Although the above-described bonding system is an improvement over methods used thirty years ago, several problems remain. One problem is that the practitioner must typically prepare the adhesive by mixing two or more substances together. Since the adhesives may be workable for only a relatively short period of time, the mixing process may need to be repeated many times in a given day, resulting in considerable inconvenience. Also, since the exact proportions of the substances in the adhesive may vary from mixture to mixture, adhesive mixtures with sub-optimal properties may be produced. Still another problem is that the brackets are relatively small, and the process of dabbing adhesive onto the brackets may be inconvenient and may result in spattering of adhesive onto undesired areas of the bracket or the skin. Still another problem is that the bonding strength of currently available adhesives may be excessive when used with ceramic brackets. Still another problem is that the Bowen's resin may tend to become stained or discolored during use.


The present invention resolves the above-mentioned problems by pre-dispensing orthodontic brackets along with a special, premixed adhesive. The packaging is designed to accommodate both bracket and adhesive in such relation that the adhesive remains affixed to a certain portion of the bracket, and does not contact any other portions. The adhesive is specially formulated to be stable over a relatively long period of time, and over a relatively wide range of temperatures, while still maintaining the desirable characteristics of other modern orthodontic adhesives.

According to an exemplary embodiment of the invention, the packaging comprises a container having a multiplicity of compartments. Each compartment is large enough to contain a single orthodontic bracket, but small enough to prevent the bracket from moving around excessively within the compartment. Each compartment has a bottom which is shaped to act as a reservoir for the adhesive. Each compartment also has an opening which may be covered by a removable tab. The container is fabricated from PVC plastic which is non-reactive to the adhesive, and which acts as a barrier to prevent light from striking the adhesive. The adhesive is formulated from Bis/GMA and EBADMA (Ethoxylated Bisphenol A Dimethylacrylate).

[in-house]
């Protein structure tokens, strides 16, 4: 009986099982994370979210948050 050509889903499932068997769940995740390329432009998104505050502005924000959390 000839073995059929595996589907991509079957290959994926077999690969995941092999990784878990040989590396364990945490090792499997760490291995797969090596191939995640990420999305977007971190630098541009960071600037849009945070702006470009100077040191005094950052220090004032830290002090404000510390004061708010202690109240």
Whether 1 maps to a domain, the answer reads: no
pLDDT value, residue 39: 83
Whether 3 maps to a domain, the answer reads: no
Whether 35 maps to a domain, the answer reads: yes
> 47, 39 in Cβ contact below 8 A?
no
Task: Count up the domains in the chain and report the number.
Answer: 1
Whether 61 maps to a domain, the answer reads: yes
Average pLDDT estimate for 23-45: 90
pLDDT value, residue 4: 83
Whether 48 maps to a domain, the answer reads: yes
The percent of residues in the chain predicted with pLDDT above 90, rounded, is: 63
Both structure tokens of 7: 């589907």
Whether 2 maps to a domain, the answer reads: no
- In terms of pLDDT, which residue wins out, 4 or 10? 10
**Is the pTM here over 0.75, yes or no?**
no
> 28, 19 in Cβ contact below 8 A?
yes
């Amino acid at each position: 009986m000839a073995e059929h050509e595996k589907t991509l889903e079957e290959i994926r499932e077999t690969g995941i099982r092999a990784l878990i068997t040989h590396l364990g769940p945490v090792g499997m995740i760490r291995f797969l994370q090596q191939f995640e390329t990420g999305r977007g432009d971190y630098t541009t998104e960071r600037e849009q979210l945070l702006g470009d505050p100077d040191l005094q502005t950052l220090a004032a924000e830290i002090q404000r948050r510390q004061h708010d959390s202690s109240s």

Accordingly, it is an object and advantage of the present invention to supply dental practitioners with orthodontic brackets to which an adhesive has been pre-dispensed.

It is a further object and advantage of the present invention to obviate the need for dental practitioners to prepare a dental adhesive by mixing substrates in the office;

It is a further object and advantage of the present invention to reduce the inconvenience by dental practitioners in preparing dental adhesive and applying the adhesive to orthodontic brackets in their offices.

It is a further object and advantage of the present invention to control the proportions of components in dental adhesives by providing orthodontic brackets to dental practitioners with dispensed adhesive.

It is a further object and advantage of the present invention to provide dental practitioners with a pre-mixed light sensitive dental adhesive, which can be packaged in combination with dental brackets.

It is a further object and advantage of the present invention to provide dental practitioners with a dental adhesive having superior stain resistance than the common Bowen's resin.


These and other objects of the present invention will become better understood through a consideration of the following description taken in conjunction with the drawings in which:

FIG. 1 is a perspective view of a dental bracket.

FIG. 2 is a perspective view of a bracket container having seven compartments.

FIG. 3 is a cross-sectional view of the bracket container of FIG. 2, taken across line 3--3.

FIG. 4 is a top view of a circular bracket container showing a partial cutaway.

FIG. 5 is a cross-section of the bracket container of FIG. 4, taken along line 5--5.

FIG. 6 is a cross-sectional view of a compartment.


Turning now to the drawings, FIG. 1 depicts a bracket 1 having a bonding surface 2 for bonding to a tooth (not shown), and a linkage surface 3 for receiving linkages (not shown). Since the present application is intended to comprehend all types of dental brackets, including metal, ceramic and plastic brackets of different manufacturers, the bracket 1 is intended to be generic. The bracket 1 need not be shaped as shown, and the surfaces 2, 3 need not be shaped or positioned as shown.

In FIG. 2, a linear container 10 comprises seven separate compartments 11-17 extending from a common surface 18. The specific number of compartments is not critical, and a greater or fewer number than seven compartments is possible. In the presently preferred embodiment, each of the compartments 11-17 contain a single bracket 1. Depending on the intent of the manufacturer, the brackets contained within a multi-compartment container may either be identical or different from one another. Since the preferred adhesive is light cured and may react with certain materials, the container is preferably constructed of pigmented polyvinyl chloride, PVC, which is both relatively impermeable to light, and is relatively inert to the preferred adhesive. One skilled in the art will recognize that the container can also be constructed of other materials, including without limitation properly pigmented polymers, metals, ceramics or combinations thereof.

Each bracket 1 is held within its respective compartment 11-17 by a removably affixed tab 20. In the preferred embodiment, each tab 20 is glued to the common surface 18 with pressure sensitive adhesive, permitting the tab 20 to be pulled off by the dental practitioner. Several alternative mechanisms of attachment of the tab will be apparent to those skilled in the art. For illustration purposes only, the tabs 20 and brackets 1 have been removed from compartments 11-12, the tab 20 has been removed from compartment 13 to expose a bracket 1.